Honestly, I think that most ensemble music out there gets too challenging too quickly. Many composers or arrangers think little of shifting, writing challenging rhythms, etc. I’ve found that many, many guitarists are challenged by reading. Of course, students have to step up to the plate; yet composers and arrangers should be more conscientious of this. Your thoughts of “classical guitar seating position” or “right knee” for your groups? It’s a touchy subject. There are various ways to sit “correctly” with a guitar. Just look at the greatest players in the world; they hold the guitar in different ways (Paco de Lucia, Jimi Hendrix, Segovia, Carlos Barbosa-Lima all come to mind, RADICALLY different). To me, it’s all about how your hands relate to the instrument. This is the primary factor in determining sitting position. Your thoughts on finger-style rest strokes or the use of guitar pick (plectrum) within your groups? Another touchy subject! I want my students to have good fingerstyle and pick technique. One downside of the acoustic guitar is that it is a quiet instrument. The best way to get volume is to play rest strokes, as well as to explore timbre with the right hand. Many students don’t seem to hear the difference in timbre when playing with a pick. To me, it is a different sound world; I can hear the difference a mile away. What kind of thought do you put into setting up/seating your students in chairs for the Guitar Ensemble Performance or during rehearsals? I’ve found that sitting in a circle works best for rehearsals. I’ve found that sitting in a “V” formation (a multi-layered V) is best for performance. It’s all about getting evMAY 2015

Depends on the piece. You wouldn’t play a bluegrass tune with fingers.

erybody to hear each other, and creating a sonic blend. I’ve learned these things the “hard way”...

What are some performing opportunity highlights in which your groups participated ? Playing at the White House visitor center was a great experience for my students. We would get a VIP tour after our performance.

Do you have any special rehearsal techniques or exercises that you would like to share with readers? I’m working on it. I have a common pattern so that students know what to expect, but have variety and creativity within the pattern. Stick to your musical expectations and curriculum, but be able to shift when the academic situation necessitates it. James Yancey, Maryvale High School, Phoenix, Arizona Treat these kids like any other TOP performing ensemble (band, orchestra, choir). EXPECT great things…demand great things…and GET great things! JY What were some obstacles you faced when you first formed or inherited your Guitar Ensemble at your school? I designed and built my program from ground zero. There was nothing here 16 years ago. I simply treated this class like any other TOP performing ensemble and a giant was created. What Guitar Ensemble published collections do you like to work from? We almost own the entire library from GSP. We use everything out there. GSP is my primary resourse. For my beginners I use a lot of Andrew Forrest and Thorlakson stuff (as it is free! Your thoughts of “classical guitar seating position” or “right knee” for your groups? Mandatory…for technique! Your thoughts on finger-style rest strokes or the use of guitar pick (plectrum) within your groups? We use both for color and effect. What kind of thought do you put into setting up/seating your students in chairs for the Guitar Ensemble Performance or during rehearsals? As they are learning a piece they sit with their section. Later they are mixed so that they can hear all parts.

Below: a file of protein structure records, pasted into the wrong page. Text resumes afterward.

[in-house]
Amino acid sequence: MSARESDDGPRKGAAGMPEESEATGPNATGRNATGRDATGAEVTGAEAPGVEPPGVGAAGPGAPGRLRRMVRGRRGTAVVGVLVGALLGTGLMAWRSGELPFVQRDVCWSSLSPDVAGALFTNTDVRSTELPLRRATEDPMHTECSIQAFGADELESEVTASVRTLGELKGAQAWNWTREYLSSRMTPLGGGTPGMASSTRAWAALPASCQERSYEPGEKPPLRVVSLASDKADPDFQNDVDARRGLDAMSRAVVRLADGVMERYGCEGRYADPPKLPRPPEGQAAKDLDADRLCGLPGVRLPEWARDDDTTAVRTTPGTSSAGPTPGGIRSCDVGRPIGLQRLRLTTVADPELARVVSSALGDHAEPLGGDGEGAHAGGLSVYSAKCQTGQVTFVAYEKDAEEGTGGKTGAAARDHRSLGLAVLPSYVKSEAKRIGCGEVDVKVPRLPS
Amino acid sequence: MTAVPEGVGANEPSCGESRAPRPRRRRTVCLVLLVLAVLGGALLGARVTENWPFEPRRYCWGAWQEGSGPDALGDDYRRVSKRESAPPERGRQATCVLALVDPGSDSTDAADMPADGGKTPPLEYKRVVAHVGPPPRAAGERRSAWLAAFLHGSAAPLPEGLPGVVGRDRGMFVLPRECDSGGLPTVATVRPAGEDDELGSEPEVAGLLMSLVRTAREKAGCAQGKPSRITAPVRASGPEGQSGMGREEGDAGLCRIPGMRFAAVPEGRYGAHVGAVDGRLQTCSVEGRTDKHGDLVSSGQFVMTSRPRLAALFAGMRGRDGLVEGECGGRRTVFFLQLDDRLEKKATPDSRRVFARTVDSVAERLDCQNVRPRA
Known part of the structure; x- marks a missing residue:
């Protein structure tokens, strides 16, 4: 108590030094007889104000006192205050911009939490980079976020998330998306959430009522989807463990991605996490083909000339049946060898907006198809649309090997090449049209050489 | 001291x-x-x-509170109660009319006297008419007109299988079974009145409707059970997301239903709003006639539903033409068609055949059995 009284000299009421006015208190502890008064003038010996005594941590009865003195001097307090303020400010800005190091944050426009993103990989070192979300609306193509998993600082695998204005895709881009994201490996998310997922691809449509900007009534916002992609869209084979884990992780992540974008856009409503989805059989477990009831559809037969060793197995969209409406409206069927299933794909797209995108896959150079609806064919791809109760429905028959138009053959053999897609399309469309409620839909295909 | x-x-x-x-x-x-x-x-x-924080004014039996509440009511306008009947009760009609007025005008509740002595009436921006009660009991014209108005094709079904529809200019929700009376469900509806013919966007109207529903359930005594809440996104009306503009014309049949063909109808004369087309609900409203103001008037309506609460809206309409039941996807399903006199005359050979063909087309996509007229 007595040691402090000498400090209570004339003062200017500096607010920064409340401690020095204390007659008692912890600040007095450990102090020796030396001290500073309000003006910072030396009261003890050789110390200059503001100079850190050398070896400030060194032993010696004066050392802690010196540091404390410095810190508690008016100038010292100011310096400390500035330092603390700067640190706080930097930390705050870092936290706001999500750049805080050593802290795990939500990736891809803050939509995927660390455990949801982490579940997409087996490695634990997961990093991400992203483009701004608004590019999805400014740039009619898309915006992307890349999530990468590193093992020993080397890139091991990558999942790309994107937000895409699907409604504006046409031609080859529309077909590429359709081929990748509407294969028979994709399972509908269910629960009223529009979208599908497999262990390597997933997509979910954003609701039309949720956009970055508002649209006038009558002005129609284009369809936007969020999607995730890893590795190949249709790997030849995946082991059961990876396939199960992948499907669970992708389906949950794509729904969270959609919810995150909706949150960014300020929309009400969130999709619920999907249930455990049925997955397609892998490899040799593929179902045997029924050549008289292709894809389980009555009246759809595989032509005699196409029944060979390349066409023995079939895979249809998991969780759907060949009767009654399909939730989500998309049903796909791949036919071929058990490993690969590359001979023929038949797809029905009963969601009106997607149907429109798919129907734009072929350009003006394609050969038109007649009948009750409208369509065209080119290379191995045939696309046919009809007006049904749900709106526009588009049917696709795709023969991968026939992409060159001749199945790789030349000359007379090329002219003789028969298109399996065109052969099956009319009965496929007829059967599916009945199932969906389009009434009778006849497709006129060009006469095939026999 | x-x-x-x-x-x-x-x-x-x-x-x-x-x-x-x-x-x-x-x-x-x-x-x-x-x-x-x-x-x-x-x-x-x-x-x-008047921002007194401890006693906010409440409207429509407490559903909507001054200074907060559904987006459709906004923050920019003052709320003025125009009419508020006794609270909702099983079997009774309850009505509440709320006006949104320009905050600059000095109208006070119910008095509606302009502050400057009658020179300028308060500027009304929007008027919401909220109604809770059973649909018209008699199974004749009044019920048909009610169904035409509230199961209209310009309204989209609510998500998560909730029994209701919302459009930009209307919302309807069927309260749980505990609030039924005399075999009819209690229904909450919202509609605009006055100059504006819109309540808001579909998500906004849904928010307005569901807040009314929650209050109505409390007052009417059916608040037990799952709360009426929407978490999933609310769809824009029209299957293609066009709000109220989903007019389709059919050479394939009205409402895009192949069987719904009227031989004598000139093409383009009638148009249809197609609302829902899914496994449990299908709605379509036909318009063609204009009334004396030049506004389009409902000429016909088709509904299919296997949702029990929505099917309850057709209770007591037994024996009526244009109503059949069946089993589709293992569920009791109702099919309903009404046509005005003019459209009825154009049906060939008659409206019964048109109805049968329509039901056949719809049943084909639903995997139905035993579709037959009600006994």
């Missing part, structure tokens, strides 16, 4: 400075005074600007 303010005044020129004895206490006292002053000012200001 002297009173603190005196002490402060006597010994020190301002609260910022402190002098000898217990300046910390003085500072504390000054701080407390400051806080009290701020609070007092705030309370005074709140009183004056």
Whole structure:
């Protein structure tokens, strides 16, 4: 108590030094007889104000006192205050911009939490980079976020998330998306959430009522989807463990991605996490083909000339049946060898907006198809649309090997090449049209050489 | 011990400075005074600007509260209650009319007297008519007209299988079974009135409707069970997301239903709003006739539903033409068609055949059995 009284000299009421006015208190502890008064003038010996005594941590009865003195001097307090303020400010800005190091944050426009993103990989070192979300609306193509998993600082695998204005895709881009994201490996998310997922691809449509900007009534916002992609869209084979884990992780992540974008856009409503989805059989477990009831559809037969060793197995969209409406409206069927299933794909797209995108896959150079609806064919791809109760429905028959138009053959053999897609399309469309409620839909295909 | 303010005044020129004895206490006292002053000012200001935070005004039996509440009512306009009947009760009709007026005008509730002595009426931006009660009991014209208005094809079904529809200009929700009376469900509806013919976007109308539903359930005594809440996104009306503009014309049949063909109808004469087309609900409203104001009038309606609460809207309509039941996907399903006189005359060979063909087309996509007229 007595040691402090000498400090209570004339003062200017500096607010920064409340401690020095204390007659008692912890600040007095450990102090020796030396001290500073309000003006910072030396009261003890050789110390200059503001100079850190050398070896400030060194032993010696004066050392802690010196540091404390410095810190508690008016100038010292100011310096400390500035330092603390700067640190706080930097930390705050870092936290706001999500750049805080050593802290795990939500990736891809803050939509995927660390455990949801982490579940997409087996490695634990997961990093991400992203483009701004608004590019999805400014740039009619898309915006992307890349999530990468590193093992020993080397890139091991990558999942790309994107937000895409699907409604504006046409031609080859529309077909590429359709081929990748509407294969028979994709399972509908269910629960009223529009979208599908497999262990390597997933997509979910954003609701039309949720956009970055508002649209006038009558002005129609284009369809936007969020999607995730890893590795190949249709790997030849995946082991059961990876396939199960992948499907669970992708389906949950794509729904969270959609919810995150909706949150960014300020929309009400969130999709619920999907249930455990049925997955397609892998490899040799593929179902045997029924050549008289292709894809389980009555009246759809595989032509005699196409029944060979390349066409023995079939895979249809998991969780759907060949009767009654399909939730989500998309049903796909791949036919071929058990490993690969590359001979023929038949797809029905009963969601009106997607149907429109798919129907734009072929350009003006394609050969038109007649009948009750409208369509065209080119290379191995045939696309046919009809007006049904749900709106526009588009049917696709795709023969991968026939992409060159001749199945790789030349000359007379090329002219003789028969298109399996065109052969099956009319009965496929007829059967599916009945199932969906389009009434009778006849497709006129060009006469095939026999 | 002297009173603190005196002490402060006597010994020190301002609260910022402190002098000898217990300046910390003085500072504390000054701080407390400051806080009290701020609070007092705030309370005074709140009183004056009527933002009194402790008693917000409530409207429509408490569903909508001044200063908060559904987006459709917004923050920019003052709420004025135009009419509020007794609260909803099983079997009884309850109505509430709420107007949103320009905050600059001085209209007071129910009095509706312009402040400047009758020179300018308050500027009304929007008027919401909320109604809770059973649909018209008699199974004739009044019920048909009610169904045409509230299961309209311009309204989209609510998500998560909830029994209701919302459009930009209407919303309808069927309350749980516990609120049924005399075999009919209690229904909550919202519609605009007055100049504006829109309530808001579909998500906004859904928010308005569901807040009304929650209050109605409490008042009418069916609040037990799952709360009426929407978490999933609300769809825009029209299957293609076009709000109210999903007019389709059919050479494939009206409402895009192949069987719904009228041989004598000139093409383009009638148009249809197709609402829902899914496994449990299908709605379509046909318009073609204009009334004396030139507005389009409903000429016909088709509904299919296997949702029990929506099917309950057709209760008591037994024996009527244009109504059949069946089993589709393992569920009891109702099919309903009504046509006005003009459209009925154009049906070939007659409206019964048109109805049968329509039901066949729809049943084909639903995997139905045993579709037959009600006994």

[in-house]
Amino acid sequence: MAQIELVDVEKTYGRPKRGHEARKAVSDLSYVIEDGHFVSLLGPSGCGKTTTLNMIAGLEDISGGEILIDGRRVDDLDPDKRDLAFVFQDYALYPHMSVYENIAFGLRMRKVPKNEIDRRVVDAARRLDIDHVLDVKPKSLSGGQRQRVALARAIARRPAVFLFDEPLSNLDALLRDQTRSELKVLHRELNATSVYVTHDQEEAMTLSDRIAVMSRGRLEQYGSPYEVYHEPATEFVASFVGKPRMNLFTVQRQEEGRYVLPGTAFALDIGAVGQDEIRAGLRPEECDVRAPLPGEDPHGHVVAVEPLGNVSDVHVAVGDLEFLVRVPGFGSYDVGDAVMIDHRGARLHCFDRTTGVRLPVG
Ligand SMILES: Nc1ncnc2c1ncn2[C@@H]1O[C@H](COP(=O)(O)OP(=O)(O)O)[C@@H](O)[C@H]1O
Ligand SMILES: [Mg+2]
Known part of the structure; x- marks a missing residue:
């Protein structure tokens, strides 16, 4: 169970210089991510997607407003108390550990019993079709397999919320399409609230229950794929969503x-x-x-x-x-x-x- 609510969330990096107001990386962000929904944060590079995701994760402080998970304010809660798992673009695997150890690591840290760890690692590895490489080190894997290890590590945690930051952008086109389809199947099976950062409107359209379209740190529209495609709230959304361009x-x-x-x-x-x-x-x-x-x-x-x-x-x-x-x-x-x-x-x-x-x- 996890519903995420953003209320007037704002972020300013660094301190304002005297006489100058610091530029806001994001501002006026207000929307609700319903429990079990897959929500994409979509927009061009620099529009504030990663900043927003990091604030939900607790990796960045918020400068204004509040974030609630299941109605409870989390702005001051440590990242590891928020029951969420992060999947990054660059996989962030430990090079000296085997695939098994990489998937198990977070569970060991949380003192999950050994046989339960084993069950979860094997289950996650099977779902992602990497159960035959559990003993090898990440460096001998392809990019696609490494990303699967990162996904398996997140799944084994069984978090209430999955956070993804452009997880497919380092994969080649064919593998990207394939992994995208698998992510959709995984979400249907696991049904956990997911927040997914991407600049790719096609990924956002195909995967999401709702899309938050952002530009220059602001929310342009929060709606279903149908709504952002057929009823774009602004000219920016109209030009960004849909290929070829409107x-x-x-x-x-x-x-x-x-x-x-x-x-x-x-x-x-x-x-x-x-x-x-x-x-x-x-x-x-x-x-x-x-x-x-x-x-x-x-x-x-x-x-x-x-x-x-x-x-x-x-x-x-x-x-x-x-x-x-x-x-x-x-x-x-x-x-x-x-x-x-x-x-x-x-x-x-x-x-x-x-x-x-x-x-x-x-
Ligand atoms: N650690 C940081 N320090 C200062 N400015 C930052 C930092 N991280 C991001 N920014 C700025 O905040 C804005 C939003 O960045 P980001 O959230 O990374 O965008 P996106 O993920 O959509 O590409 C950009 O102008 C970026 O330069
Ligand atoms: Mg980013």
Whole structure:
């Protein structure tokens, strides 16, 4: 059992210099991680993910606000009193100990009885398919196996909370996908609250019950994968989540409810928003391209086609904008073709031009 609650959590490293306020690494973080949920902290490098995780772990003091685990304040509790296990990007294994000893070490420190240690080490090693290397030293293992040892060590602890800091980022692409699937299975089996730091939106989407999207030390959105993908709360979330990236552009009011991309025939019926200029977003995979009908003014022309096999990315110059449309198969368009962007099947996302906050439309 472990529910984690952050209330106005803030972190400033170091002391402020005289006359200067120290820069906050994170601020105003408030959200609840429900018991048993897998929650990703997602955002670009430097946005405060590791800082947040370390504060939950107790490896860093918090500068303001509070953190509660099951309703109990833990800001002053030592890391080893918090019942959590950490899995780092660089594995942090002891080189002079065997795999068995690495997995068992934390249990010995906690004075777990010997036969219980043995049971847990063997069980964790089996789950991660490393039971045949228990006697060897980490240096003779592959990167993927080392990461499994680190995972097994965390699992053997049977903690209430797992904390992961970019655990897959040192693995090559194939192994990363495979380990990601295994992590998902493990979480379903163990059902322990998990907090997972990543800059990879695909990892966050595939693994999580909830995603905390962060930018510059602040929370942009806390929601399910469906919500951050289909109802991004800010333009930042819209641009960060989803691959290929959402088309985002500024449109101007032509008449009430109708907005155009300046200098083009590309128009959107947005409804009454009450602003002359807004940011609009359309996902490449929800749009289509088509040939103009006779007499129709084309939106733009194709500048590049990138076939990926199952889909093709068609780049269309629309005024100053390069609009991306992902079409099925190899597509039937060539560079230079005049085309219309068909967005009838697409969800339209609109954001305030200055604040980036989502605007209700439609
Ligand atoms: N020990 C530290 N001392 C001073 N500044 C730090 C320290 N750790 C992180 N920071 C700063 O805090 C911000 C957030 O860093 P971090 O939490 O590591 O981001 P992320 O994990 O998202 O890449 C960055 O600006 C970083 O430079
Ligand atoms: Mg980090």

What kind of thought do you put into setting up/seating your students in chairs for the Guitar Ensemble Performance or during rehearsals? I like to group the parts together but I change the part assignments on different pieces.